Overall, just 48 per cent of Canadian cities surveyed have citywide green infrastructure strategies which include parks.

But more places are making way for people and urban development, via proactive parks planning and creative methods to expand and connect their parks. Roughly 70 per cent of cities have updated park system master plans.

“This includes Halifax, whose new Green Network Plan ensures the city develops responsibly around a park system that’s planned around green connections for people and wildlife,” the report reads.

More than 80 per cent of people in Canada are living in cities, according to the report. Population growth and densification are putting “rising pressure on park systems to deliver more and better programming, new and upgraded parks, and more services,” it reads.

Partnerships with non-profits, residents

Non-profit partnerships and collaborations with resident groups are also in the works to bring creative programming, alternative funding, and specialized knowledge to help meet new demands on city parks.

About 74 per cent of cities currently have at least one non-profit park partnership, including Montreal. That’s where key partners collaborate with the city to manage large parks, such as Mont Royal.

The report also addresses inclusion migration and immigration, with cities looking inward by exploring policies and practices, increasing accessibility, and developing programs for newcomers. There’s a multi-city ‘Welcome to this Place’ initiative, integrating parks and art within the settlement process for newcomers and refugees.

Other interesting findings:

* Waterloo ships dog poop to a nearby plant where it undergoes a process that captures gases and creates fertilizer out of what’s left. The pilot reportedly diverted nearly eight tonnes of dog poop, converting it into enough energy to power 18 homes. The City is now expand-ing the pilot to four more parks.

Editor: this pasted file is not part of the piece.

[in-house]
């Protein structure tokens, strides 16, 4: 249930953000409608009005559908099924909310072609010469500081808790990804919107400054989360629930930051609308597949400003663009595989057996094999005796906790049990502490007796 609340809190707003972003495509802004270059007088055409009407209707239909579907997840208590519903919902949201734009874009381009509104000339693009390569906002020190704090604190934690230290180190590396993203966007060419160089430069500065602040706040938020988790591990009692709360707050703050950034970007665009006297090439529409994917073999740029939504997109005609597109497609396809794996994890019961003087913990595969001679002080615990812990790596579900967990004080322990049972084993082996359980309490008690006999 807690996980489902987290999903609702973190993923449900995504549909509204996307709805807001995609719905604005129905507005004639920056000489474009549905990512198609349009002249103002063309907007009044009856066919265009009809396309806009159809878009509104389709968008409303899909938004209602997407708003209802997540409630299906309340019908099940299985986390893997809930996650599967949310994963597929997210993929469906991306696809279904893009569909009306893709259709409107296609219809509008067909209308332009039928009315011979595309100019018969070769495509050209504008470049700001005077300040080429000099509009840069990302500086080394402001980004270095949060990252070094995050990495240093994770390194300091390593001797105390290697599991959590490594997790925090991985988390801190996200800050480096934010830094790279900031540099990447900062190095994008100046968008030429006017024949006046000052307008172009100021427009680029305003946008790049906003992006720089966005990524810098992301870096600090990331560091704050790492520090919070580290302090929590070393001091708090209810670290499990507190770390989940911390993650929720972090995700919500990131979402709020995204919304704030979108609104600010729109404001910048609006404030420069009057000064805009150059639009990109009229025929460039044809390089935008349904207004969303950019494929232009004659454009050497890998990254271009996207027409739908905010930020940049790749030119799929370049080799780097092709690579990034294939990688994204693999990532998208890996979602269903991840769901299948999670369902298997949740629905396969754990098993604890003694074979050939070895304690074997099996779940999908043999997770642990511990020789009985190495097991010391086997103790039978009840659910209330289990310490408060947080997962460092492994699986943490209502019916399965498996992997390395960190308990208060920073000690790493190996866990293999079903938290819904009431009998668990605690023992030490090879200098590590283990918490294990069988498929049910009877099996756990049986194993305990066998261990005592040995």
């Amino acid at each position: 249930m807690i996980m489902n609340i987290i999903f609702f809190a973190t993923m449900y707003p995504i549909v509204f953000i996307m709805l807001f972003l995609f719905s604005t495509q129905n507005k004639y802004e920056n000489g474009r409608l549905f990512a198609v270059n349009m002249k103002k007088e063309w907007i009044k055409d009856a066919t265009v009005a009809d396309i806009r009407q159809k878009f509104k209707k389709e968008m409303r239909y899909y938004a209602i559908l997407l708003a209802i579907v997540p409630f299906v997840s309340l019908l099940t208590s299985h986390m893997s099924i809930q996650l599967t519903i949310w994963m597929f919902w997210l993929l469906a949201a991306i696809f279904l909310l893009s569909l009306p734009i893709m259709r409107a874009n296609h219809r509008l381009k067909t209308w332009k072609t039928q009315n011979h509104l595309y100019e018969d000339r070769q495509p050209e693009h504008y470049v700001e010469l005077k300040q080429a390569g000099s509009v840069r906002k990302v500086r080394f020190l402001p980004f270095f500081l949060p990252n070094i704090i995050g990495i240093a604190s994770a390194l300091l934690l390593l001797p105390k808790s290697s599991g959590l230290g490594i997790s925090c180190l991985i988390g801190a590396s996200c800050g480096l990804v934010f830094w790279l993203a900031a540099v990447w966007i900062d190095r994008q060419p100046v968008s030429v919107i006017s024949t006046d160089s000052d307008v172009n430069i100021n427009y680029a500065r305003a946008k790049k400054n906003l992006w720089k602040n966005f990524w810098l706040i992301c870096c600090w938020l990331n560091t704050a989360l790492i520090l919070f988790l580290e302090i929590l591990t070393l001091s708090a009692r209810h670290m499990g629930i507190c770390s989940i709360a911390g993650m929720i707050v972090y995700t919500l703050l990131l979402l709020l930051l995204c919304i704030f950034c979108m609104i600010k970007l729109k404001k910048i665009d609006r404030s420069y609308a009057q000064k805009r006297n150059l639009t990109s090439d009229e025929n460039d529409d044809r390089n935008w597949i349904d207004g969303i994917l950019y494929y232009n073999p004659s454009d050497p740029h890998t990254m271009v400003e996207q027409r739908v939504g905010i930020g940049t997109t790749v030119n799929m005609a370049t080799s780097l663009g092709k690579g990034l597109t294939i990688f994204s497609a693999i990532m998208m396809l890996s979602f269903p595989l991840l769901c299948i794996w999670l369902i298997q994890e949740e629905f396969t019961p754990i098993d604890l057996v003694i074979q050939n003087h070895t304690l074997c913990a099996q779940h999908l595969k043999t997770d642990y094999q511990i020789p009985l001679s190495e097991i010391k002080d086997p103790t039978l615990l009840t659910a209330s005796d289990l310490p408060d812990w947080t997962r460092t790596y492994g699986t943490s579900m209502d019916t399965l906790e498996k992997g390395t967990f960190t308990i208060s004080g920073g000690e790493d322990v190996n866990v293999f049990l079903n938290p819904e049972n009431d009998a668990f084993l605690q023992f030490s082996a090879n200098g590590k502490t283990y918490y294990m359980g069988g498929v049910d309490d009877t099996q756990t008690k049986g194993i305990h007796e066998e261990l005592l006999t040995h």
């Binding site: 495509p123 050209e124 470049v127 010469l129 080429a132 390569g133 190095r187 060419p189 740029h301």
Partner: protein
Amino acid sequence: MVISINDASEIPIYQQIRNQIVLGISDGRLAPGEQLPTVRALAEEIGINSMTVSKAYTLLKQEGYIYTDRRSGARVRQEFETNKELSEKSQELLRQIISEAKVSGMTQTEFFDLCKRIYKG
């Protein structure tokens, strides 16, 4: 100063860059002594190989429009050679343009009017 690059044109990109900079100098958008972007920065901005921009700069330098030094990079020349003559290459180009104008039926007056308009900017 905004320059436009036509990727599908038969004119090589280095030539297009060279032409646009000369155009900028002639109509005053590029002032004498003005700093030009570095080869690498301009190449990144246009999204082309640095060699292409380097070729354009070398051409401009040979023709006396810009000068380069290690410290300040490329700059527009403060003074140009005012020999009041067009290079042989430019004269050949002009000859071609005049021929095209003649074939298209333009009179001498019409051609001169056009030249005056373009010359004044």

* Toronto piloted green infrastructure in Fairford Parkette and created the Green Streets Technical Guidelines, which includes a tool to select the right type of green infrastructure for a project.

* Hamilton is building rain gardens into a new downtown park, John Rebecca Park, with a goal of infiltrating 90 per cent of stormwater on-site.

* Saskatoon is creating a green infrastructure strategy to be released in 2020.

* Delta, B.C. works in partnership with the volunteer-based Cougar Creek Streamkeepers to install rain gardens, including a 500-square-foot garden built in a hydro corridor. It will filter more than two million litres of rainwater in the Blake Creek watershed area.

* Charlottetown has piloted bioswales alongside Simmons Arena as part of the Atlantic Stormwater Initiative.

(Source: Canadian City Parks Report 2019)

Kelly is a freelance multimedia journalist in the Toronto area. Her daily news background includes TV, newspaper and digital (in that order). Kelly has also spent time in the classroom…

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Kelly is a freelance multimedia journalist in the Toronto area. Her daily news background includes TV, newspaper and digital (in that order). Kelly has also spent time in the classroom…